As Earth's only natural satellite, the moon holds a unique fascination that has already inspired dozens of missions and scientific studies. Still, the moon contains many mysteries we have yet to uncover. What is the moon's composition? How did the moon evolve? Does it have a solid core? What's the true nature of its odd gravity field? These are just some of the questions NASA's GRAIL mission, which launched in September 2011, will help to answer. The mission's twin spacecraft will fly together around the moon to measure its gravity field and better understand its origin and evolution.
These fun facts and activities are designed to give you an exciting and hands-on guide to the moon, plus an introduction to NASA's GRAIL mission, which will uncover some of the moon's most hidden secrets. Start reading and see what you discover. Or click the links below to go directly to fun facts and activities you want to explore most!
› Cool Things About the Moon
› Cool Things About the GRAIL Mission
› Cool Things About the GRAIL Spacecraft
With a surface area of about 14.6 million miles (more than four times the size of China!) our moon is the fifth largest satellite in the solar system.
The moon is our only known natural satellite, which means it's the only natural object that orbits Earth. At its closest, it is 223,700 miles away from Earth. So if you were riding in a car going 70 miles per hour, it would take you 135 days to get there. Imagine how long it would take you when the moon is at its farthest from Earth: 251,700 miles!
Because of the speed at which the moon rotates, we only ever see one side of it from Earth. The side that we cannot see is sometimes called the "far side" or "dark side" even though it's not actually dark. If you look up at the moon from Earth, you may see light and dark spots which look a lot like a face -- or a "man on the moon." These features are actually craters (white spots) and plains called maria (dark spots) formed by ancient volcanic eruptions.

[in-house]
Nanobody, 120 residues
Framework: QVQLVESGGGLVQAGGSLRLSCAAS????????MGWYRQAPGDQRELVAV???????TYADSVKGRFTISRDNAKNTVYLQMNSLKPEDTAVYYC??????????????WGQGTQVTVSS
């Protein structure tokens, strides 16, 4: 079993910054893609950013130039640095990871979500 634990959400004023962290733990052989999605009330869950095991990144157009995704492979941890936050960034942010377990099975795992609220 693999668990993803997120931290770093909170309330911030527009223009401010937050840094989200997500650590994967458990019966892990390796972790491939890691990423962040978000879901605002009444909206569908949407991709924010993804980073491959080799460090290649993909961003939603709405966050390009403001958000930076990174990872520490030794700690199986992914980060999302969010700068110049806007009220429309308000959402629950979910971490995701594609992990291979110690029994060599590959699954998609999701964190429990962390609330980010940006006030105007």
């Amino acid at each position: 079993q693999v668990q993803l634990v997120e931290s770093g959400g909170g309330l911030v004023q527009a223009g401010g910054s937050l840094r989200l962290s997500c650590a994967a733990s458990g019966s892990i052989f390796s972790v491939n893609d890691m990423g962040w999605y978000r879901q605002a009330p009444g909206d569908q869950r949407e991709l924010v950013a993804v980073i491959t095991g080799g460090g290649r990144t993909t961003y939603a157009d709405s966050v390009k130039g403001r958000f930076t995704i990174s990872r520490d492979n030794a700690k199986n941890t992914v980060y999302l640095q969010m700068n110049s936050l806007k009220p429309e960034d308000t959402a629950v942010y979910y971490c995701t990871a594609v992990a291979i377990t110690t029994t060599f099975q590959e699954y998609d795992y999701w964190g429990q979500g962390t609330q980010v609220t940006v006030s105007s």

Temperatures on the moon are much more extreme than on Earth. During the day, it can get as hot as 273 degrees Fahrenheit at the moon's equator and dip to minus 244 degrees Fahrenheit at night.
SURFACE & COMPOSITION
Just like Earth, the moon has layers: a core at the center, a mantle just beyond that and an outer layer, the crust. Scientists know very little about the moon's interior, a mystery that NASA's GRAIL mission will study when it arrives at the moon in early 2012. The surface, which has been studied in much more detail by astronauts and spacecraft alike, is full of unique features like giant craters - one of the largest known craters in the solar system, in fact, with a diameter of 1,553 miles - and plains called maria caused by ancient volcanic eruptions.
The moon's gravitational pull - the force that attracts, or pulls on, other objects - creates ocean tides on Earth. Each day on Earth, every ocean in the world experiences two high tides and two low tides. These are caused by the changing gravitational forces as the sun, moon and Earth rotate in space.
The moon orbits Earth at an average speed of 2,288 miles per hour! As it orbits Earth, it goes through a series of phases that we can see from Earth: new moon, crescent moon, gibbous moon and so on. These phases are caused by the positions of the Earth, moon and sun as they travel on their orbits. It takes the moon 29.5 days to go through the complete cycle of its phases - new moon to new moon. This is called a lunar month. If you were standing on the moon, it would take the same amount of time - 29.5 days - to see the sun rise and then set.
LEARN MORE - EDUCATIONAL ACTIVITIES
› Lunar Math
› Distance to the Moon
› Diameter of the Moon